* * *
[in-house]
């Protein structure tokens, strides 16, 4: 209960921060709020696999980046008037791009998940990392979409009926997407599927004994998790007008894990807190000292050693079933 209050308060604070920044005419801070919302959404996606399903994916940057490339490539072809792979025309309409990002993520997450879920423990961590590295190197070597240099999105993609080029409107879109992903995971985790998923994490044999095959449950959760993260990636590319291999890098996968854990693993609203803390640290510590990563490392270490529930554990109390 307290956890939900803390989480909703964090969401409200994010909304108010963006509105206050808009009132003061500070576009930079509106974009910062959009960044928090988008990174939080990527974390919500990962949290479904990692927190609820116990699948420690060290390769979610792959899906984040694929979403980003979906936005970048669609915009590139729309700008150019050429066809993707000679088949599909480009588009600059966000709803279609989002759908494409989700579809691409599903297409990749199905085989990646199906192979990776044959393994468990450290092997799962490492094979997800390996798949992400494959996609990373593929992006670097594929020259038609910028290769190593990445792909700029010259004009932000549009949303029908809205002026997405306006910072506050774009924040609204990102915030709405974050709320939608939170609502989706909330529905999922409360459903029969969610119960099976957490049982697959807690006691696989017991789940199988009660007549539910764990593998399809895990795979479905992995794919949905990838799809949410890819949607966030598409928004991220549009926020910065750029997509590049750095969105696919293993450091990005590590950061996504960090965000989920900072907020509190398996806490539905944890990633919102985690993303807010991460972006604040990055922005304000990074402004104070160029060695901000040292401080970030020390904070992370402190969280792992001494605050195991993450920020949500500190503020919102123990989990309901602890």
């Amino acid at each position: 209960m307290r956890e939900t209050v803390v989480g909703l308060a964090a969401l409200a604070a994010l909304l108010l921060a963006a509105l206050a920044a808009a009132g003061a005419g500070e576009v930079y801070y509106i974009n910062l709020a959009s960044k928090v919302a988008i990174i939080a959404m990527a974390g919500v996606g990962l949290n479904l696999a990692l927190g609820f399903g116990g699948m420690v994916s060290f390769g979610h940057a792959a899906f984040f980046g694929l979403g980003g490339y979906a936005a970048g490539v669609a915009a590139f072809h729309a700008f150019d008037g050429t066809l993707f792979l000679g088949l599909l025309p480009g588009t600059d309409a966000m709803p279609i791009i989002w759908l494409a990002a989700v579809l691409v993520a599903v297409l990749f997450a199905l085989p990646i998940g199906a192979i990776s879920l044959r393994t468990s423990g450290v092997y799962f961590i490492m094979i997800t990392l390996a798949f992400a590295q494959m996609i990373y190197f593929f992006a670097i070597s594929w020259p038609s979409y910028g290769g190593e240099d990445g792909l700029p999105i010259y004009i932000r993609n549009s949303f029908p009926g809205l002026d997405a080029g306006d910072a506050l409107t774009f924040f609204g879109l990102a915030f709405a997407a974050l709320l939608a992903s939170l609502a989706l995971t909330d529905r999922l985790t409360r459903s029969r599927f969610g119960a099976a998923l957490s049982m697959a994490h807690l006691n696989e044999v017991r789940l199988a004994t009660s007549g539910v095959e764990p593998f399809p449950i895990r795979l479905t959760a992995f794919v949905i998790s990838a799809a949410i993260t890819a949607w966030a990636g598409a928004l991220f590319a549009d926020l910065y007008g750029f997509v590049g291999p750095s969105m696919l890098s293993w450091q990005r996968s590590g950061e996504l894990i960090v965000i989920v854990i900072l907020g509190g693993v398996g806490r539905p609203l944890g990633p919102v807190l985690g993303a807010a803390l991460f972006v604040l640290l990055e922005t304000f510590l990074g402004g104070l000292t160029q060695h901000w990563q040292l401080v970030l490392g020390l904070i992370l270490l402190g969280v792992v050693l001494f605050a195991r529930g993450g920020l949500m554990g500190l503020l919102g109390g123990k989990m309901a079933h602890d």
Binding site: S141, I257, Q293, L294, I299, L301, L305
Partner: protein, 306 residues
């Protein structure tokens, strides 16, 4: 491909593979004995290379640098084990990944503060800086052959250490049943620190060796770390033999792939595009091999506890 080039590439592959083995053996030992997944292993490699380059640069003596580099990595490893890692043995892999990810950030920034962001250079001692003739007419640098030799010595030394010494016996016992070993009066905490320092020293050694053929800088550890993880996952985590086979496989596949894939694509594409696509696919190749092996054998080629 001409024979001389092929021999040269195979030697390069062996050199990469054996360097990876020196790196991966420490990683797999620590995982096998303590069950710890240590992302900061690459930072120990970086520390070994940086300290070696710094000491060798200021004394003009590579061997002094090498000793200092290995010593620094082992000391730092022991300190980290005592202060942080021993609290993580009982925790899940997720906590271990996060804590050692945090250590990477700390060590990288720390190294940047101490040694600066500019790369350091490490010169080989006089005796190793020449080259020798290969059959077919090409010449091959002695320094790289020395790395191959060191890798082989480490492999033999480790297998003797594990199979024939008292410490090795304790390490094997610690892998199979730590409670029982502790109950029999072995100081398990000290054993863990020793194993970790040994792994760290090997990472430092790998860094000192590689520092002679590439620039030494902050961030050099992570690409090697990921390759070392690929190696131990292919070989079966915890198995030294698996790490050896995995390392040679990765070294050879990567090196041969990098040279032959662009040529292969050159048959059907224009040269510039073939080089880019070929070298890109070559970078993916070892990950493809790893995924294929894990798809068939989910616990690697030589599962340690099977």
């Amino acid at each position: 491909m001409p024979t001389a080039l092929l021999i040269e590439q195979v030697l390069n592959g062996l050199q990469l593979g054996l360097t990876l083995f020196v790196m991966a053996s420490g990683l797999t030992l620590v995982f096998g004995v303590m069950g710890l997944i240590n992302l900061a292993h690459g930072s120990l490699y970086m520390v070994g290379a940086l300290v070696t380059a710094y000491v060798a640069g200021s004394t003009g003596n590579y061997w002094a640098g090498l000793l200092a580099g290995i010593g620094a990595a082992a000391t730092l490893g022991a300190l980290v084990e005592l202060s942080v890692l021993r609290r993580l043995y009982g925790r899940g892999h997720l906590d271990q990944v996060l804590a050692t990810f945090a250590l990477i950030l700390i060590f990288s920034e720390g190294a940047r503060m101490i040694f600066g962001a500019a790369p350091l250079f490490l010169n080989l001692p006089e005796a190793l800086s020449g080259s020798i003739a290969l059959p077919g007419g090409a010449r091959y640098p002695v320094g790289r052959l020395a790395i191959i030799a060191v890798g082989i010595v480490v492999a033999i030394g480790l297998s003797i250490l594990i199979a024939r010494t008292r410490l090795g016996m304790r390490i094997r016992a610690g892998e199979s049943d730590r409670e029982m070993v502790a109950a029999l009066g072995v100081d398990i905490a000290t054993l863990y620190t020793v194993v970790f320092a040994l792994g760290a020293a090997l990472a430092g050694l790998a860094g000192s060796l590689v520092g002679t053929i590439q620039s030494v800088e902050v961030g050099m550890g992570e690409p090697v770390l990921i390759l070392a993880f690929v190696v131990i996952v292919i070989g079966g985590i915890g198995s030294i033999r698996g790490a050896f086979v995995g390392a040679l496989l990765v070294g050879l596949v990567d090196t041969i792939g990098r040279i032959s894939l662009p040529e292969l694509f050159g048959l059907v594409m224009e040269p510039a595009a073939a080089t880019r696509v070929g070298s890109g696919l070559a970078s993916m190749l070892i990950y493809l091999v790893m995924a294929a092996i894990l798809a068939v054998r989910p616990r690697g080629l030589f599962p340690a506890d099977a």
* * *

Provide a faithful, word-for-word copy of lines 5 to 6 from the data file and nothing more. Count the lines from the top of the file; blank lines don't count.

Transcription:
Partner: protein, 306 residues
């Protein structure tokens, strides 16, 4: 491909593979004995290379640098084990990944503060800086052959250490049943620190060796770390033999792939595009091999506890 080039590439592959083995053996030992997944292993490699380059640069003596580099990595490893890692043995892999990810950030920034962001250079001692003739007419640098030799010595030394010494016996016992070993009066905490320092020293050694053929800088550890993880996952985590086979496989596949894939694509594409696509696919190749092996054998080629 001409024979001389092929021999040269195979030697390069062996050199990469054996360097990876020196790196991966420490990683797999620590995982096998303590069950710890240590992302900061690459930072120990970086520390070994940086300290070696710094000491060798200021004394003009590579061997002094090498000793200092290995010593620094082992000391730092022991300190980290005592202060942080021993609290993580009982925790899940997720906590271990996060804590050692945090250590990477700390060590990288720390190294940047101490040694600066500019790369350091490490010169080989006089005796190793020449080259020798290969059959077919090409010449091959002695320094790289020395790395191959060191890798082989480490492999033999480790297998003797594990199979024939008292410490090795304790390490094997610690892998199979730590409670029982502790109950029999072995100081398990000290054993863990020793194993970790040994792994760290090997990472430092790998860094000192590689520092002679590439620039030494902050961030050099992570690409090697990921390759070392690929190696131990292919070989079966915890198995030294698996790490050896995995390392040679990765070294050879990567090196041969990098040279032959662009040529292969050159048959059907224009040269510039073939080089880019070929070298890109070559970078993916070892990950493809790893995924294929894990798809068939989910616990690697030589599962340690099977």